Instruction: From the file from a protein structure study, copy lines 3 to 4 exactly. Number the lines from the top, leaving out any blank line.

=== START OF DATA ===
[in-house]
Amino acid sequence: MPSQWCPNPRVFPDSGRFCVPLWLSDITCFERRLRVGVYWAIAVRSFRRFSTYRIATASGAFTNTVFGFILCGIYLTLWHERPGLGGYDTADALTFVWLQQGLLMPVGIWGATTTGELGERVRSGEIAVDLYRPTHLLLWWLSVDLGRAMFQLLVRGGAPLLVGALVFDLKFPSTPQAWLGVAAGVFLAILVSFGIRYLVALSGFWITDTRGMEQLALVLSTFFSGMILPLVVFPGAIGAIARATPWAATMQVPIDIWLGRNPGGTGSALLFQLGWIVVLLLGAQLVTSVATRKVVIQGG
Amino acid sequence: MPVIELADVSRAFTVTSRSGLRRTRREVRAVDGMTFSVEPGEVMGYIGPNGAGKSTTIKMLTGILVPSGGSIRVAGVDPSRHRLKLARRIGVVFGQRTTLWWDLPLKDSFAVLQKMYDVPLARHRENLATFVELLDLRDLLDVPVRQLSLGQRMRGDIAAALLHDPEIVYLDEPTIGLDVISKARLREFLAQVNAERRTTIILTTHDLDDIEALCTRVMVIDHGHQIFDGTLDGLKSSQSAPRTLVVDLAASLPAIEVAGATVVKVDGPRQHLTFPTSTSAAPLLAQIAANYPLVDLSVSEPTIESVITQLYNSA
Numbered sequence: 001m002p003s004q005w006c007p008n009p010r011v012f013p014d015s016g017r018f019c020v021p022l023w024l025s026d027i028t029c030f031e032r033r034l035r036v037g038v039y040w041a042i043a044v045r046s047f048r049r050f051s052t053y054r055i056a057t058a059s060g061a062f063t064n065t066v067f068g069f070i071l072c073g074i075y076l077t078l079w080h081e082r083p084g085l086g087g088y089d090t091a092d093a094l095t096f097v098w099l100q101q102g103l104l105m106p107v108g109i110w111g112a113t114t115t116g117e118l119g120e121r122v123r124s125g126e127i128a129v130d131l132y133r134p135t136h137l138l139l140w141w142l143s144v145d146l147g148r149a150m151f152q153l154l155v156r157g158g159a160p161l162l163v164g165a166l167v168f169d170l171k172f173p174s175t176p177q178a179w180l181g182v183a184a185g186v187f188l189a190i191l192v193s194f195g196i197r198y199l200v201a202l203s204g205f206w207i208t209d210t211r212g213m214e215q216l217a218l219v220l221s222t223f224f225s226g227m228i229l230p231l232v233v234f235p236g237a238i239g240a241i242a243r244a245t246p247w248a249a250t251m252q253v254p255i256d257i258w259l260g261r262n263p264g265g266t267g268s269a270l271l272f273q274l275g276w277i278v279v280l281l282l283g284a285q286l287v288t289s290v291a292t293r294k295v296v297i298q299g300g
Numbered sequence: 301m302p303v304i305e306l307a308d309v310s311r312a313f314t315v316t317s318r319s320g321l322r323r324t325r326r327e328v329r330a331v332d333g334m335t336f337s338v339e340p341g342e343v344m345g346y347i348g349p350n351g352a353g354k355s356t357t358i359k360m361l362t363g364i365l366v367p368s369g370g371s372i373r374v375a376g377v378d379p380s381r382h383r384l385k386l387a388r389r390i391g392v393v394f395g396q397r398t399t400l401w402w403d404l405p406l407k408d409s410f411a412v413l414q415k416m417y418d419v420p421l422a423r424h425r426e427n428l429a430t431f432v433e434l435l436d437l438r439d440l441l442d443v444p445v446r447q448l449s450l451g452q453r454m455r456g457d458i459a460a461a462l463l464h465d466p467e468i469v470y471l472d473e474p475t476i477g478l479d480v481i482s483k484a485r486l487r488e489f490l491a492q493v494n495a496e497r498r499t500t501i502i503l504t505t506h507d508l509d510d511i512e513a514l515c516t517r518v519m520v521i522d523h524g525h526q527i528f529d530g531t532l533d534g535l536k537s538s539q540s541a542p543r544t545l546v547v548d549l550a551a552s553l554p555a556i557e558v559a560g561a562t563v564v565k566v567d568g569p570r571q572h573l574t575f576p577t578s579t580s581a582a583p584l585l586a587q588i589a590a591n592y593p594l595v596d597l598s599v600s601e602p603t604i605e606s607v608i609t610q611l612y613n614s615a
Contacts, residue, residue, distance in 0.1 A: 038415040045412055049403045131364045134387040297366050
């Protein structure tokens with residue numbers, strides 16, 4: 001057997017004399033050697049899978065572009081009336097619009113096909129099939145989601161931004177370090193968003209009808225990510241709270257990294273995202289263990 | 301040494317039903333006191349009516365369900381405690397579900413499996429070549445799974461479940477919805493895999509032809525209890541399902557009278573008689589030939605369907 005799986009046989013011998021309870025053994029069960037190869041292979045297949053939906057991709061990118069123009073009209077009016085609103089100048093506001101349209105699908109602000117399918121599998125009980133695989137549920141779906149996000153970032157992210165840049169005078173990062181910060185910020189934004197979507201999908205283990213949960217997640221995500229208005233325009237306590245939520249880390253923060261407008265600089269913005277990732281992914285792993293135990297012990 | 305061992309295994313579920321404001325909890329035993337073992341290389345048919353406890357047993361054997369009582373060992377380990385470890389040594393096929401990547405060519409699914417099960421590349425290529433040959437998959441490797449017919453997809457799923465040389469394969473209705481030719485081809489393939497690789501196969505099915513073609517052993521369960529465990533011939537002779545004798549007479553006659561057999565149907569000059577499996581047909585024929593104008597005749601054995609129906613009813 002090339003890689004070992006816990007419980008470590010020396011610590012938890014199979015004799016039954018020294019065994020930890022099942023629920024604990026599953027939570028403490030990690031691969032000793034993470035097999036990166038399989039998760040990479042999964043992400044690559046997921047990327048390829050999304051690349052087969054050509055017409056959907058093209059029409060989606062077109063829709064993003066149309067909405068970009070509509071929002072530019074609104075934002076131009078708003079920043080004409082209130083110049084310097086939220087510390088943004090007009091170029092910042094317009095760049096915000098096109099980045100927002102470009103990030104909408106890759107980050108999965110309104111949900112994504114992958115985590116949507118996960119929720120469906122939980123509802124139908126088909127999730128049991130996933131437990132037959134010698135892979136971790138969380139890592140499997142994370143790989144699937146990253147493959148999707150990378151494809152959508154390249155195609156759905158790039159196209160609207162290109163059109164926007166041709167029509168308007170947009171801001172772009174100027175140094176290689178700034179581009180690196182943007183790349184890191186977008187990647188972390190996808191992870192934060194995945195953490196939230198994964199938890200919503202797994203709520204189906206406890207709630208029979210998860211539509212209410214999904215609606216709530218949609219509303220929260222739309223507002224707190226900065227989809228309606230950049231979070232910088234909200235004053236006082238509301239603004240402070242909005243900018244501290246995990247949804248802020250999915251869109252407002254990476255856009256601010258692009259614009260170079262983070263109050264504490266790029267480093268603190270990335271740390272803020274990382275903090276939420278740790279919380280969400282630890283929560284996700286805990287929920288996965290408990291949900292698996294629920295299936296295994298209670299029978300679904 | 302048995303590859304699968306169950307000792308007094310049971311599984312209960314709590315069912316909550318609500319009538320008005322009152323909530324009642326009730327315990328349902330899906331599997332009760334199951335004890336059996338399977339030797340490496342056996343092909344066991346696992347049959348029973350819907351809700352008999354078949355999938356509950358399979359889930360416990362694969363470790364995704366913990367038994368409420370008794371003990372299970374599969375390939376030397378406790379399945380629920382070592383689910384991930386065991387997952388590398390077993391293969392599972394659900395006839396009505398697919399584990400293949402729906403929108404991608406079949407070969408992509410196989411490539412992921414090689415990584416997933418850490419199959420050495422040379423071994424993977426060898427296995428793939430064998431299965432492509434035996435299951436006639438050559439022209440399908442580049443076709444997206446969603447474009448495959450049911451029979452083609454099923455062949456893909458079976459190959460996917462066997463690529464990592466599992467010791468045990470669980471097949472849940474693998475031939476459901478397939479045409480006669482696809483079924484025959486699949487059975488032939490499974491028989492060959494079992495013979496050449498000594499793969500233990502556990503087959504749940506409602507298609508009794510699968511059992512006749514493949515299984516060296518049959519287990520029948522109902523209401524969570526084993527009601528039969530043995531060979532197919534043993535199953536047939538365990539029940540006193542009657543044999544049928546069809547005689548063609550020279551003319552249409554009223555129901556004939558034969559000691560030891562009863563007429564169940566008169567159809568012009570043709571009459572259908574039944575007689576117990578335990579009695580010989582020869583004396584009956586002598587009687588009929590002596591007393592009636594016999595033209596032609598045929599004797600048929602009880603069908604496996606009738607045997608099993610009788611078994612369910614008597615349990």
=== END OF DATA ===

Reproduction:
Amino acid sequence: MPVIELADVSRAFTVTSRSGLRRTRREVRAVDGMTFSVEPGEVMGYIGPNGAGKSTTIKMLTGILVPSGGSIRVAGVDPSRHRLKLARRIGVVFGQRTTLWWDLPLKDSFAVLQKMYDVPLARHRENLATFVELLDLRDLLDVPVRQLSLGQRMRGDIAAALLHDPEIVYLDEPTIGLDVISKARLREFLAQVNAERRTTIILTTHDLDDIEALCTRVMVIDHGHQIFDGTLDGLKSSQSAPRTLVVDLAASLPAIEVAGATVVKVDGPRQHLTFPTSTSAAPLLAQIAANYPLVDLSVSEPTIESVITQLYNSA
Numbered sequence: 001m002p003s004q005w006c007p008n009p010r011v012f013p014d015s016g017r018f019c020v021p022l023w024l025s026d027i028t029c030f031e032r033r034l035r036v037g038v039y040w041a042i043a044v045r046s047f048r049r050f051s052t053y054r055i056a057t058a059s060g061a062f063t064n065t066v067f068g069f070i071l072c073g074i075y076l077t078l079w080h081e082r083p084g085l086g087g088y089d090t091a092d093a094l095t096f097v098w099l100q101q102g103l104l105m106p107v108g109i110w111g112a113t114t115t116g117e118l119g120e121r122v123r124s125g126e127i128a129v130d131l132y133r134p135t136h137l138l139l140w141w142l143s144v145d146l147g148r149a150m151f152q153l154l155v156r157g158g159a160p161l162l163v164g165a166l167v168f169d170l171k172f173p174s175t176p177q178a179w180l181g182v183a184a185g186v187f188l189a190i191l192v193s194f195g196i197r198y199l200v201a202l203s204g205f206w207i208t209d210t211r212g213m214e215q216l217a218l219v220l221s222t223f224f225s226g227m228i229l230p231l232v233v234f235p236g237a238i239g240a241i242a243r244a245t246p247w248a249a250t251m252q253v254p255i256d257i258w259l260g261r262n263p264g265g266t267g268s269a270l271l272f273q274l275g276w277i278v279v280l281l282l283g284a285q286l287v288t289s290v291a292t293r294k295v296v297i298q299g300g